Well, we’re still a day behind here, but we don’t want to stop bringing you our adventures in delicious food. Today’s topic – comfort food. Sarra was raised in Texas, while I grew up in New York, so we both have different (but equally firm) ideas of what comfort food is. To Sarra, nothing is more comforting than a plate of gravy-soaked carbs and fat, but I usually just want to stick a large quantity of “meat” in between a couple of slices of bread.
Late nights are for easy, satisfying snacks. When we’re out of steam after a long day and we’re relaxing at home in front of the television, we crave the comforting, carbohydrate and fat laden treats of our childhoods, but lack the energy to spend a whole lot of time in the kitchen. What’s a vegan to do?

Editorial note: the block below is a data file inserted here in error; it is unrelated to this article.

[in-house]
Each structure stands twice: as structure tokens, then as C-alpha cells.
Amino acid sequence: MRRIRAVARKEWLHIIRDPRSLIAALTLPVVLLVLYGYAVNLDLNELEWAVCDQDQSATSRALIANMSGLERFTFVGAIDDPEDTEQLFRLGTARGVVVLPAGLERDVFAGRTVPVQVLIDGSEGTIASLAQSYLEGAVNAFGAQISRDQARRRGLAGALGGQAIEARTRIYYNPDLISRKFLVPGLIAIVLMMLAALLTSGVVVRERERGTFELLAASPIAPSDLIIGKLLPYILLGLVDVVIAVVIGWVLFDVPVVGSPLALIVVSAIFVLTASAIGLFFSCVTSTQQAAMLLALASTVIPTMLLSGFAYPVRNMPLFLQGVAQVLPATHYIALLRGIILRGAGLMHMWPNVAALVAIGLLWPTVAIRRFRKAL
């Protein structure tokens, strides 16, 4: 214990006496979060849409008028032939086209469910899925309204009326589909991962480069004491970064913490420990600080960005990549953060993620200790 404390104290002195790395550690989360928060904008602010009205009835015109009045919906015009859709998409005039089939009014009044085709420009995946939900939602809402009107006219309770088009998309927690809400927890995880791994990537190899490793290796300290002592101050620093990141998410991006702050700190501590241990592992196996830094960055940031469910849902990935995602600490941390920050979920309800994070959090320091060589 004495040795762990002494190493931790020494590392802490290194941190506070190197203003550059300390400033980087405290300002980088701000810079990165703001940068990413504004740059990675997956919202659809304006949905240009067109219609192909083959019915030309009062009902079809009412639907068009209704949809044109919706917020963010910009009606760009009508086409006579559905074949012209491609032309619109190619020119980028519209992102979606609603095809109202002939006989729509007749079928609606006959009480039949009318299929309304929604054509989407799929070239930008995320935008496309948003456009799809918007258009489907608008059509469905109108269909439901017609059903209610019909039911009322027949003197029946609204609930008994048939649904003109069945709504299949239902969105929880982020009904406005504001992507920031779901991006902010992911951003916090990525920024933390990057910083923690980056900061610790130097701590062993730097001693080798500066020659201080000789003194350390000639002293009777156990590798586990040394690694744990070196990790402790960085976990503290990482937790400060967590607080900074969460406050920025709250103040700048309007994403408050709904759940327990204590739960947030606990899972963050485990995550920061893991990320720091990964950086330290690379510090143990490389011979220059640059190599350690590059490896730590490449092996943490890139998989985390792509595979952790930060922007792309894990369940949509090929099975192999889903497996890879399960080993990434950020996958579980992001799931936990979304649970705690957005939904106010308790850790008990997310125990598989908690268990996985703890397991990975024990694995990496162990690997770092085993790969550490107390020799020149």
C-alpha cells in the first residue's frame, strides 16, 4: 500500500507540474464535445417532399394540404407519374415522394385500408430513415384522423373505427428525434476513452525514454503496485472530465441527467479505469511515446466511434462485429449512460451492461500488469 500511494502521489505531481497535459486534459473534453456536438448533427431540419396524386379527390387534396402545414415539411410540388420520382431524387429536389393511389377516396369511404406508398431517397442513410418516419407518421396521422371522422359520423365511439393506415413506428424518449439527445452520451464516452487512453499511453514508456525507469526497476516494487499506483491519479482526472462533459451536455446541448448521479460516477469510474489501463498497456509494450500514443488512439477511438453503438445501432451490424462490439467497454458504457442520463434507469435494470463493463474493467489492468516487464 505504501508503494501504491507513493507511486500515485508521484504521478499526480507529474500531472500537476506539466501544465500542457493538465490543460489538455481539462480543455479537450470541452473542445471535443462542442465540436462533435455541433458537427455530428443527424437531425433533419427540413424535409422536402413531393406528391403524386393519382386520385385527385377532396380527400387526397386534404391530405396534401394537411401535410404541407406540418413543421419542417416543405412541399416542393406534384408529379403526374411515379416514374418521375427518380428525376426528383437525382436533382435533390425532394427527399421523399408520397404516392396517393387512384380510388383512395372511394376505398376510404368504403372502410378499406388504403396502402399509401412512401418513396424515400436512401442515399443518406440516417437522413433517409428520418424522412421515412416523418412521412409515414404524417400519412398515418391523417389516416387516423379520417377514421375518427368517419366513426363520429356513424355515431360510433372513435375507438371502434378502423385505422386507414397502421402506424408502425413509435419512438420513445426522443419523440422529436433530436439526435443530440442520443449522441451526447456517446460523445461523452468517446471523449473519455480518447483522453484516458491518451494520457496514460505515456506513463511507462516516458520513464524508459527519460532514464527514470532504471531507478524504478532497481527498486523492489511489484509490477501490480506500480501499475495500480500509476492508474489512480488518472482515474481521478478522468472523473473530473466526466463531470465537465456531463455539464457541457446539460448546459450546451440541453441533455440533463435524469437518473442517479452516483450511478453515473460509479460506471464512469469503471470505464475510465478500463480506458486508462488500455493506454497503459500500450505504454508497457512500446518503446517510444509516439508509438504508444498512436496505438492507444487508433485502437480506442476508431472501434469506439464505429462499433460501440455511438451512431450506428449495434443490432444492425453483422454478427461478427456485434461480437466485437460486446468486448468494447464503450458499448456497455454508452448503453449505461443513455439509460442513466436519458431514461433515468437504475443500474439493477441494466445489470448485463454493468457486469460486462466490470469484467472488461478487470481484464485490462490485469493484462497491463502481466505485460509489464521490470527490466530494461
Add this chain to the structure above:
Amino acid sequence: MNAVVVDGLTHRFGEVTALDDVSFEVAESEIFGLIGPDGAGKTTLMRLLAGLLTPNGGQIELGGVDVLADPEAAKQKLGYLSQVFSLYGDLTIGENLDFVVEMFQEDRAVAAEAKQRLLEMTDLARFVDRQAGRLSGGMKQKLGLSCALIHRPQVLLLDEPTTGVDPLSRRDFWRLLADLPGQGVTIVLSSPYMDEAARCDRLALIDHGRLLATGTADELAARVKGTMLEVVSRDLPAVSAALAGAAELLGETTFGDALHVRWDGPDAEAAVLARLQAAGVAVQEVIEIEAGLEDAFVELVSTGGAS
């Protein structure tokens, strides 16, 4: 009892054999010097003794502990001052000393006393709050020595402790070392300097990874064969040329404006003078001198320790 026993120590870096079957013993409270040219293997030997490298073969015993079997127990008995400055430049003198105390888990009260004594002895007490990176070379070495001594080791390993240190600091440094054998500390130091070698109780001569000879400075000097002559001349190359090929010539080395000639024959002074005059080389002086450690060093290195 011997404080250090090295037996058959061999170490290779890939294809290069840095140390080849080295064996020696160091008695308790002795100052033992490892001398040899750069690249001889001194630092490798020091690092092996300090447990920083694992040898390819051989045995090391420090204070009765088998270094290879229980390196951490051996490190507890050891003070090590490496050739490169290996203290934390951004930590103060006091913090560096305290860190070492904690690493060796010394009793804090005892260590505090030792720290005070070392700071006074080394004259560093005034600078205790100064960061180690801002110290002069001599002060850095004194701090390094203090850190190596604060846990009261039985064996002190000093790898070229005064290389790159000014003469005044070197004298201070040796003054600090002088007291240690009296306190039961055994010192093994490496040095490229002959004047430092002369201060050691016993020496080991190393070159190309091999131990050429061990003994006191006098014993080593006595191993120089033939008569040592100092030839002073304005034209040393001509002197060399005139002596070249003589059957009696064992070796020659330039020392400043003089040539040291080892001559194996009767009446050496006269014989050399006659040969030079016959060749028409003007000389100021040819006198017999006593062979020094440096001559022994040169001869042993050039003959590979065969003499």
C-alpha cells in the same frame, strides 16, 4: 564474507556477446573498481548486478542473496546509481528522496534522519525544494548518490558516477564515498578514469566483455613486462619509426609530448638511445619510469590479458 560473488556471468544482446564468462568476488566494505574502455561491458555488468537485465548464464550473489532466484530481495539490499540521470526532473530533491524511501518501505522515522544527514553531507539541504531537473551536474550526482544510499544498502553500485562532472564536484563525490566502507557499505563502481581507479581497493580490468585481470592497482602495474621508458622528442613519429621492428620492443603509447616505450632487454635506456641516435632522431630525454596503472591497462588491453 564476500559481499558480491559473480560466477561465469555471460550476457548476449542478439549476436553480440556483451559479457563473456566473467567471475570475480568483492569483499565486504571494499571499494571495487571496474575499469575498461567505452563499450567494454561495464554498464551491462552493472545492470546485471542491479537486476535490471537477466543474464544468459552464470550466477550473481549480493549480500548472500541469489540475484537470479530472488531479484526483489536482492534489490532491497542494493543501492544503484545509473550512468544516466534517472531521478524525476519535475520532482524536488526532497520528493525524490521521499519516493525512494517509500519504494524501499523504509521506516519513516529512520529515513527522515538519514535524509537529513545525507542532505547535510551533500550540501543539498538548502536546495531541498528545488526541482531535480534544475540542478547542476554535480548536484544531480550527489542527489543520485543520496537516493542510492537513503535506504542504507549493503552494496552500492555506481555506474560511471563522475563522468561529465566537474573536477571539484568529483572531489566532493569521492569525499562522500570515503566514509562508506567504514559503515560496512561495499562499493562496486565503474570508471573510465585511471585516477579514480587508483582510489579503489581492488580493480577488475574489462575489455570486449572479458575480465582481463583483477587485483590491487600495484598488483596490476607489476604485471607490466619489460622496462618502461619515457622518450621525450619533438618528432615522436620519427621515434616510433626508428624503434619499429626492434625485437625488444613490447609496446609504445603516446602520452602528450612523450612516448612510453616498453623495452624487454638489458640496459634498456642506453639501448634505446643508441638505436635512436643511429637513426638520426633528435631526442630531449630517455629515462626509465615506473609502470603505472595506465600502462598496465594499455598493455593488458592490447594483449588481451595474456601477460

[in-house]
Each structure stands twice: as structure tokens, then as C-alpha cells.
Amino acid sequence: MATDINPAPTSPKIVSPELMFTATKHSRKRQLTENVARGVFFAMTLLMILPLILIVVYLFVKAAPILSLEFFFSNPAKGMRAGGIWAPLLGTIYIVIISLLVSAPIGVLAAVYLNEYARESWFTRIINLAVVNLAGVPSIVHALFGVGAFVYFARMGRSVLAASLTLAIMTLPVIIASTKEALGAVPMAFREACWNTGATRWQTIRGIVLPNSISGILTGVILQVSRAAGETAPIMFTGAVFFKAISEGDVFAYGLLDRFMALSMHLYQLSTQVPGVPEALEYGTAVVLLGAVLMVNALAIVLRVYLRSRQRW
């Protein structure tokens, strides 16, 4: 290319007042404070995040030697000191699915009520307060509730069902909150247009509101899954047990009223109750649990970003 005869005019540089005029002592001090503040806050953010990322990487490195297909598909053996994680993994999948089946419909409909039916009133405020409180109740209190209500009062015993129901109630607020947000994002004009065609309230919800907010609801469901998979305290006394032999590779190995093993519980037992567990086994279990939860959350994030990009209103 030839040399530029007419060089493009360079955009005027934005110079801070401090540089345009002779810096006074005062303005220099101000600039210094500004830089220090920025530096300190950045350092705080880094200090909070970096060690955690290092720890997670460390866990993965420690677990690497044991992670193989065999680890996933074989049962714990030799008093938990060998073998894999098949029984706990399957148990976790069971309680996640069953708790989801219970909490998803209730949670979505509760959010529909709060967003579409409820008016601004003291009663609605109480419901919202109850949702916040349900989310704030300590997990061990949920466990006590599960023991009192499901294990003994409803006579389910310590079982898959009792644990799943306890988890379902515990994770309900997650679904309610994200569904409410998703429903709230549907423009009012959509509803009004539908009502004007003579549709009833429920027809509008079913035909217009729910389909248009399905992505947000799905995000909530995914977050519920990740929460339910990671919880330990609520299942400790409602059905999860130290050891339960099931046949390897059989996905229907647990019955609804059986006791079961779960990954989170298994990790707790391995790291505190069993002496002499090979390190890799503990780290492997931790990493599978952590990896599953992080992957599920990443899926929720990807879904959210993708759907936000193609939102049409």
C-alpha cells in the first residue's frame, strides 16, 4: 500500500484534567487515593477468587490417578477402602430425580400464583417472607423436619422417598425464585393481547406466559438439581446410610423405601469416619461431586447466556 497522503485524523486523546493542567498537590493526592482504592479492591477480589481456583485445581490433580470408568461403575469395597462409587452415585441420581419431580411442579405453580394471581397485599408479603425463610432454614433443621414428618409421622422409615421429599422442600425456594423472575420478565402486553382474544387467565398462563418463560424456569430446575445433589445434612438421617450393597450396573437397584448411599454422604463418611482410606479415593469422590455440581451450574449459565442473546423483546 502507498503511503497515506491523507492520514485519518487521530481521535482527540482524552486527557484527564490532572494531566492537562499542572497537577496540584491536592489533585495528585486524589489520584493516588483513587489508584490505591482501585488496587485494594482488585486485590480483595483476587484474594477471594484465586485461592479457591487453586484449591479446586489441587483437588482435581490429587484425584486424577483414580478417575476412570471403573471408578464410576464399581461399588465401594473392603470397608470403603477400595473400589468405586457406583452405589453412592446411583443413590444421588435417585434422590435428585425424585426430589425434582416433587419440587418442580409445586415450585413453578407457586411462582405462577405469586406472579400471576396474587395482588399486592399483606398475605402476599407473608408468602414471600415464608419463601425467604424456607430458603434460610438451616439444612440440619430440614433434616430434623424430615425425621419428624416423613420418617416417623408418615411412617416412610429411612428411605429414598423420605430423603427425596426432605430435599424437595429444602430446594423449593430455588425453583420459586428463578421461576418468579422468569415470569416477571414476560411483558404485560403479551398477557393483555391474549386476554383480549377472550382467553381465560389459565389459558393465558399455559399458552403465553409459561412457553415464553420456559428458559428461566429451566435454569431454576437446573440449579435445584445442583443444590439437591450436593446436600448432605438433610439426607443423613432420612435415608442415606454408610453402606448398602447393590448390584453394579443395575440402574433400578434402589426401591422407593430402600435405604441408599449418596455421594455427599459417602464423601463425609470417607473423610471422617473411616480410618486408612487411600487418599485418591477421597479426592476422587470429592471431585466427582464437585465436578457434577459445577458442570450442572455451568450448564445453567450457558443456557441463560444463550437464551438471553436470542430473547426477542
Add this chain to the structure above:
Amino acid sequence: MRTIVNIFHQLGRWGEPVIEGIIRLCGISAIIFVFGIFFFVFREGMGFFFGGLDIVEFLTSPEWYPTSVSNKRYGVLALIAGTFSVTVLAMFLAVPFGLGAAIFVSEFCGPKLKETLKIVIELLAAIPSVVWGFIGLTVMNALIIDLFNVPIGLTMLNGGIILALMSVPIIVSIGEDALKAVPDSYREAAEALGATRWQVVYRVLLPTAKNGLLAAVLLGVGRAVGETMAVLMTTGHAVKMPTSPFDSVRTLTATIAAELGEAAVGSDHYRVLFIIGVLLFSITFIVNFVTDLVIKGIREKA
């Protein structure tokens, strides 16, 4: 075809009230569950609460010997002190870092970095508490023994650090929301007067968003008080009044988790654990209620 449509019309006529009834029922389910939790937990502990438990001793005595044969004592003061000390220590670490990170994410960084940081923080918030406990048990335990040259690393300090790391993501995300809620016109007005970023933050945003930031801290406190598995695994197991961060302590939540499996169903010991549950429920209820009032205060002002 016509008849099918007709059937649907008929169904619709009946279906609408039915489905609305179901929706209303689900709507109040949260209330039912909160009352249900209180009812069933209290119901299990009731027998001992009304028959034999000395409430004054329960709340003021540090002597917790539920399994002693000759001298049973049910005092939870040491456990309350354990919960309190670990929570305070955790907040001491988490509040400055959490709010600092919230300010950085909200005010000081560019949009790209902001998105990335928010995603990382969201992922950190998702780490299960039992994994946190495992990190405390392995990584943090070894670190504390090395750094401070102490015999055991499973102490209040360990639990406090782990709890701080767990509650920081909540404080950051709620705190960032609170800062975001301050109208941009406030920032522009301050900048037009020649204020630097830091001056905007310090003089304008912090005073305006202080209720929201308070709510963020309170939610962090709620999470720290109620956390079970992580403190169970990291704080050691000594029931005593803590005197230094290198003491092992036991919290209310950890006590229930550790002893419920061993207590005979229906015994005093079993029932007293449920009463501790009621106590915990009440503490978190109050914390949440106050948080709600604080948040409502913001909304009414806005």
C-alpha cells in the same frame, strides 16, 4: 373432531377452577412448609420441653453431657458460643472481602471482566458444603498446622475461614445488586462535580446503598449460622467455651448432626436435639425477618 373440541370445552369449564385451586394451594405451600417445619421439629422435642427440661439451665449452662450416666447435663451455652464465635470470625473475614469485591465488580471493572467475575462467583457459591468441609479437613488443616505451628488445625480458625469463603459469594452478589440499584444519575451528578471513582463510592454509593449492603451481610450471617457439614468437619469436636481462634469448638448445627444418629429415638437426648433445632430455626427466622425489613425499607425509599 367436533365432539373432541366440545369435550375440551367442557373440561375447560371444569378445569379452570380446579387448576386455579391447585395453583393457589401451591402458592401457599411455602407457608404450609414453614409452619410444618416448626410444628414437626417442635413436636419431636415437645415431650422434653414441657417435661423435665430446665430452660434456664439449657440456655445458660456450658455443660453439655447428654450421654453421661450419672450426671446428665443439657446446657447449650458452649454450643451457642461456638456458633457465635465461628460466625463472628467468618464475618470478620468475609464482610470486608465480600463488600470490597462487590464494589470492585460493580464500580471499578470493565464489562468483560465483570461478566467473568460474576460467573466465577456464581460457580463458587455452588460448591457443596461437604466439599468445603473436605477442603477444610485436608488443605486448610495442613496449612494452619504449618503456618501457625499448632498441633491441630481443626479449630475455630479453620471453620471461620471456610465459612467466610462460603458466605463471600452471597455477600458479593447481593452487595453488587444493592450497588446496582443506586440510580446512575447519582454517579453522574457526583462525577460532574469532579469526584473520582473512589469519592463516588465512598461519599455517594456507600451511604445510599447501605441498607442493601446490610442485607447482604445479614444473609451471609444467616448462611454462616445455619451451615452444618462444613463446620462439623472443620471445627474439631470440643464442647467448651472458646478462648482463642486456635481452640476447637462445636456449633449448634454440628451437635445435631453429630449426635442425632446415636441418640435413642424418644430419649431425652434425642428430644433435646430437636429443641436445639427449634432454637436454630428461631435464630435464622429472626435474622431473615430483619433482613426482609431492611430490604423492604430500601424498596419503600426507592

Disclaimer: this isn’t a recipe. It is, however, a very retro dinner.
Mike and I are both really drawn to retro and vintage styles and items. We love the aesthetics from the 1950s & 1960s – Mike loves cocktails and mod and anything atomic in particular, and I can usually be found in full-skirted dresses with a pocketbook and bright lipstick. (Mike hasn’t seen Mad Men yet, but I’m looking forward to watching it with him just so I can see him get all swoony over the clothes and furniture.) Additionally, we’re both defined in a lot of ways by the pop culture of our respective childhoods, adolescences, and young adulthoods. We’re both very nostalgic people, by and large, and really prone to reminiscing and “Do you remember…”. We’re your basic Gen-X cliché, is what I’m saying.
I have an abiding fondness for vintage cookbooks, even if they are loaded with pictures of dead animal parts. I assumed I’d turn to one from my collection to find a recipe to veganize, but then I had a flash of inspiration.